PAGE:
And it was 20 percent of our grade for that test. And it’s one of those. I knew that that volume, what it was, that even though I knew these things, I would not see the difference. So I spent majority of my time and energy on that other 80%. I got cold, didn’t mean I ignored it. I reviewed and did everything, but I ended up with like an 85 on that exam where I got 100 percent on everything else and then I had the difficulty in that area.

But when I got to dental school, I didn’t know how to study. I was smart enough, lucky enough to be able to take standardized tests, tests or, uh, quizzes or, you know, the standard multiple guest tests. I was able to answer those. That, uh,  first year, first semester dental school, I almost flunked out. It was one of those was a matter of volume that I had not ever learned how to study.

So my girlfriend at the time, now my wife, was wonderful and, uh,  would quiz me and test me on these things. So my first semester dental school, I had a 71.  Wow. 70 was a pass. Less than the 70, you’re in trouble. That’s it. Yeah. You know, academic probation or out. So I had a 71 first semester by 10, by the time I ended freshman year, I 4 pointed the rest of dental school.

I had caught up. I learned how to study and was able to do well, even with the deficits with that.  So the dyslexia was very difficult with all those language and the words. If you look at these giant medical words, they all look the same. They’re all really close and they’re all jumbo. I had great difficulty, but the huge plus for me being dyslexic, I’m also ambidextrous is I don’t have a standard direction.

So when I’m working in dentistry, I actually started dental school with left hand and switched to right hand. But, uh, up, down, left, right, doesn’t matter to me. It’s just the direction we’re going. So one of my college classes, I was bored. So I took, uh, notes left handed backwards through the semester. And I had somebody come in and say, Oh, I missed last class.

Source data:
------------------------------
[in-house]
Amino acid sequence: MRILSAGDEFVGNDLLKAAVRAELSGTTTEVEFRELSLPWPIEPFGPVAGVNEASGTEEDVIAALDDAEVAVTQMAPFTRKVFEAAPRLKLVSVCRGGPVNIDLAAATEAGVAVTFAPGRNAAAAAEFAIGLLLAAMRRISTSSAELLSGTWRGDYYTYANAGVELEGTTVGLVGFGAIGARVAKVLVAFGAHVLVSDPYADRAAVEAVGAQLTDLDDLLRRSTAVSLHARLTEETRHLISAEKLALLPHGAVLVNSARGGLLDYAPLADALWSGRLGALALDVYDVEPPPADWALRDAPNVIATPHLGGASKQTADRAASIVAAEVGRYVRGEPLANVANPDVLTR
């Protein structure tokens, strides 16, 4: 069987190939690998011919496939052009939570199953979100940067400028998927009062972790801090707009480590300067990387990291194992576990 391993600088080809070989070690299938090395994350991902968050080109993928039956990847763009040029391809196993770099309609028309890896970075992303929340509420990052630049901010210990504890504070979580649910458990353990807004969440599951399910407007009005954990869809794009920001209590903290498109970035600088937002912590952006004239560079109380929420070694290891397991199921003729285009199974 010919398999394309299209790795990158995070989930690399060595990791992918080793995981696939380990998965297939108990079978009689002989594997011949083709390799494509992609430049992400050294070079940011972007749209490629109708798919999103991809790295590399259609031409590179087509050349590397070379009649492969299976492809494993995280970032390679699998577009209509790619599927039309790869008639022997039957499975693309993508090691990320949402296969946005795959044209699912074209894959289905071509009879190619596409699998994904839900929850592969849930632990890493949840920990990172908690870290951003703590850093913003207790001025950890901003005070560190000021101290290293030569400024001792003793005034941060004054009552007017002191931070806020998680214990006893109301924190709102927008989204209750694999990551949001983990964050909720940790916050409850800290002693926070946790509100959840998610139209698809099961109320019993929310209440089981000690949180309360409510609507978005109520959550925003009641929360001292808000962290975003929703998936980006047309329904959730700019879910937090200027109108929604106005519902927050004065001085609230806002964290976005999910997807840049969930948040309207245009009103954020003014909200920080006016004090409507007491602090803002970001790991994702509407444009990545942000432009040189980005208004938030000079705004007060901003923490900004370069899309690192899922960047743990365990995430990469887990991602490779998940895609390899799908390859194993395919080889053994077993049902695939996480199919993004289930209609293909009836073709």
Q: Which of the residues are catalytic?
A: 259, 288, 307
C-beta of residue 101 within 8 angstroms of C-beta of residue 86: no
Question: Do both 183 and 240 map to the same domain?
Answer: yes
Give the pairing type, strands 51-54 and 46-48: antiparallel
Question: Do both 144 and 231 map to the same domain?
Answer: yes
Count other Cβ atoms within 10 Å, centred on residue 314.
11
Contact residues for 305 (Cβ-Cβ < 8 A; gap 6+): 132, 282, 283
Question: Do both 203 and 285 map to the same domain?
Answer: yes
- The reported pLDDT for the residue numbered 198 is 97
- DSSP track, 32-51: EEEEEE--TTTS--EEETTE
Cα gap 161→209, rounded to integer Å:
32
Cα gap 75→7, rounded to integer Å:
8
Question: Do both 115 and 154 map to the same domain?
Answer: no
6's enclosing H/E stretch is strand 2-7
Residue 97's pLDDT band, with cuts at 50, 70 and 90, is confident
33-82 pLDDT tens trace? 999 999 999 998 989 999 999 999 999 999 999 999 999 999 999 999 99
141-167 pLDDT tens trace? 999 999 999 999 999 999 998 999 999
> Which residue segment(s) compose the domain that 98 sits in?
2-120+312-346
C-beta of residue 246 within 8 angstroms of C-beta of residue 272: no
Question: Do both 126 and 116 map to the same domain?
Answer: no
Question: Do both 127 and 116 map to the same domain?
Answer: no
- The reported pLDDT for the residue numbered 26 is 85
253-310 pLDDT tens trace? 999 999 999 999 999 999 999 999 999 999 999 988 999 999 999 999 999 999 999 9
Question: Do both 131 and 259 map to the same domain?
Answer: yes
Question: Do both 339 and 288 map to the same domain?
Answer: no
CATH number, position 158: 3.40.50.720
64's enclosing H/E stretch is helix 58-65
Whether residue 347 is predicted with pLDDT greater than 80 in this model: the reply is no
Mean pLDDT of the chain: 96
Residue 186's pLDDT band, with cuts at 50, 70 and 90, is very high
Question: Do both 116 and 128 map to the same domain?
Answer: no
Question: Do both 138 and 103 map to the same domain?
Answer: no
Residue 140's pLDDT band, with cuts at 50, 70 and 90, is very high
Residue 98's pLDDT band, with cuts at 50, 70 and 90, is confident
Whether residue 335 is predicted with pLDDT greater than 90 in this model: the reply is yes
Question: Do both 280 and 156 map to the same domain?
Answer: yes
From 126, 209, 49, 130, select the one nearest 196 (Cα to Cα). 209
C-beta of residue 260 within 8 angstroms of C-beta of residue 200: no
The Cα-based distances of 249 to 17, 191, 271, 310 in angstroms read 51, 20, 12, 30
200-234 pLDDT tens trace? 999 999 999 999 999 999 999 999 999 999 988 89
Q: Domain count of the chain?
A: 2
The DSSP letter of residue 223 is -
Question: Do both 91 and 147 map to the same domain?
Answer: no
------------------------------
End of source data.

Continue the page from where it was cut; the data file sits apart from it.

Can I borrow your notes? Sure. So the girl sat down, looking at my notes and looking at him, looking at me, comes back and goes, I can’t read this.  I said, do you have a compact or something, a mirror? And she’s like, yeah. And I said, Oh, just read it in the mirror.  But it’s just one of those just I was bored in class just some talk about my mind.

Keep me busy  I did everything left handed

backwards. So how okay. How did this Lexia then? How did that you said it helped you a little bit in school

in dental school?  College not so much the academics of pure science not so much Uh, some of the programs with organic and three dimensional imaging, I’m very good at that in my head.

I can comprehend that. But in dental school, we’re looking at all three dimensions. So we’re looking at straight, we’re looking at in the mirror. So a lot of people had great difficulty in motor movements, looking in a mirror, because you’re going backwards from what you’re actually used to doing. For me, I didn’t have a home direction, so it didn’t matter if I’m going left, right, forward, backwards, in and out.

Once I learned  what to do, how to do it, it was pretty easy for me. Yeah.  So one of the biggest complications in dental school to learn and master that skill, I was able to do that innately by my learning disability.

So you graduate dental school, then what?

Uh, graduate dental school. My wife and I actually looked around the country where we want to live.

Uh, try and be systematic in my process and thought process. So we actually sat down and made a list of 37 different items we wanted in a area. Example, we wanted water. We’re in Atlanta, we didn’t quite get water, but we wanted a hub airport. We have uh, Hartsfield. We uh, Came from Detroit and I grew up in the 80s in Detroit with auto being very bad.

We want a broad economic base. So every time we look somewhere, we would pull out our list of 37 different items we want in the city and see how it measured up. We looked at, uh, Southern California. I had some offers in Southern California. I realized I missed green. I never thought about, never considered it.

We were out there a couple of days interviewing different practices and decided I can’t move here. We looked at South Florida, nice and green, except I didn’t quite want my kids growing up with grandma and grandpa next door as their best friends. Uh, we kept looking at Atlanta and we kept, uh,  looking elsewhere.

And we came back to Atlanta and that’s how we chose, uh, I was recruited down from, uh,  from Detroit area, University of Detroit. I was recruited and brought down. I did an externship down here visiting, uh, about 15 different offices. By the time I left those two weeks, I had four different offers. I actually took the offer with the least pay by almost 50%, but my philosophies matched the best and, uh,  allowed me to practice providing high quality work.